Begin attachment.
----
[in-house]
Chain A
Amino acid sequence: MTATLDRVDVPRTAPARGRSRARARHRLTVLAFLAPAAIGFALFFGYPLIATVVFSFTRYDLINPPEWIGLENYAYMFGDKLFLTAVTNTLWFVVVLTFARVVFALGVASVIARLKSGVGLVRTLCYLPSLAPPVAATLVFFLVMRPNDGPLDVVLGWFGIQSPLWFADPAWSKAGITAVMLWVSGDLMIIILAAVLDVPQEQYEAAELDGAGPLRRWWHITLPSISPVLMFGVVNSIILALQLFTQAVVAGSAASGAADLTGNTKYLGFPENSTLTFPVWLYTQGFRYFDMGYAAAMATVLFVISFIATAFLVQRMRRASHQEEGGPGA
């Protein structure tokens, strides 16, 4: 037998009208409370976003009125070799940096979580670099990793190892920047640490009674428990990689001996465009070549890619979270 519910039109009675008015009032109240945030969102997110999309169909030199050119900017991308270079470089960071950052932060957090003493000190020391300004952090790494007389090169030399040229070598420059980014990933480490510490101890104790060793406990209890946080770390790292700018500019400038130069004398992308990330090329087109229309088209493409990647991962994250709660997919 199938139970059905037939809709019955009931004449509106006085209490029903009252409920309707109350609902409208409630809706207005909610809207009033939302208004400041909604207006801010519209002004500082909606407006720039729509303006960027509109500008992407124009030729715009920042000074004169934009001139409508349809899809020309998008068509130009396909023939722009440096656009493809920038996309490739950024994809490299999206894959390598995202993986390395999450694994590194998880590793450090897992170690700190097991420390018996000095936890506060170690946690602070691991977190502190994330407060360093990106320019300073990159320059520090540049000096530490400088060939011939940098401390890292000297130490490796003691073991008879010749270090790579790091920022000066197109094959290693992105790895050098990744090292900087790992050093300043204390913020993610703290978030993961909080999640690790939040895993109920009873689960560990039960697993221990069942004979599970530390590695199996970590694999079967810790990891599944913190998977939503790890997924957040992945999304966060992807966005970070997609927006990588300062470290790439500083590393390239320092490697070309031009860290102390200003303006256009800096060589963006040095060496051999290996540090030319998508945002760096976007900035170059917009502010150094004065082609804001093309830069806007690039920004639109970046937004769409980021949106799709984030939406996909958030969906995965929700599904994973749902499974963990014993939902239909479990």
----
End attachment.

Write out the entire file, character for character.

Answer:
[in-house]
Chain A
Amino acid sequence: MTATLDRVDVPRTAPARGRSRARARHRLTVLAFLAPAAIGFALFFGYPLIATVVFSFTRYDLINPPEWIGLENYAYMFGDKLFLTAVTNTLWFVVVLTFARVVFALGVASVIARLKSGVGLVRTLCYLPSLAPPVAATLVFFLVMRPNDGPLDVVLGWFGIQSPLWFADPAWSKAGITAVMLWVSGDLMIIILAAVLDVPQEQYEAAELDGAGPLRRWWHITLPSISPVLMFGVVNSIILALQLFTQAVVAGSAASGAADLTGNTKYLGFPENSTLTFPVWLYTQGFRYFDMGYAAAMATVLFVISFIATAFLVQRMRRASHQEEGGPGA
């Protein structure tokens, strides 16, 4: 037998009208409370976003009125070799940096979580670099990793190892920047640490009674428990990689001996465009070549890619979270 519910039109009675008015009032109240945030969102997110999309169909030199050119900017991308270079470089960071950052932060957090003493000190020391300004952090790494007389090169030399040229070598420059980014990933480490510490101890104790060793406990209890946080770390790292700018500019400038130069004398992308990330090329087109229309088209493409990647991962994250709660997919 199938139970059905037939809709019955009931004449509106006085209490029903009252409920309707109350609902409208409630809706207005909610809207009033939302208004400041909604207006801010519209002004500082909606407006720039729509303006960027509109500008992407124009030729715009920042000074004169934009001139409508349809899809020309998008068509130009396909023939722009440096656009493809920038996309490739950024994809490299999206894959390598995202993986390395999450694994590194998880590793450090897992170690700190097991420390018996000095936890506060170690946690602070691991977190502190994330407060360093990106320019300073990159320059520090540049000096530490400088060939011939940098401390890292000297130490490796003691073991008879010749270090790579790091920022000066197109094959290693992105790895050098990744090292900087790992050093300043204390913020993610703290978030993961909080999640690790939040895993109920009873689960560990039960697993221990069942004979599970530390590695199996970590694999079967810790990891599944913190998977939503790890997924957040992945999304966060992807966005970070997609927006990588300062470290790439500083590393390239320092490697070309031009860290102390200003303006256009800096060589963006040095060496051999290996540090030319998508945002760096976007900035170059917009502010150094004065082609804001093309830069806007690039920004639109970046937004769409980021949106799709984030939406996909958030969906995965929700599904994973749902499974963990014993939902239909479990």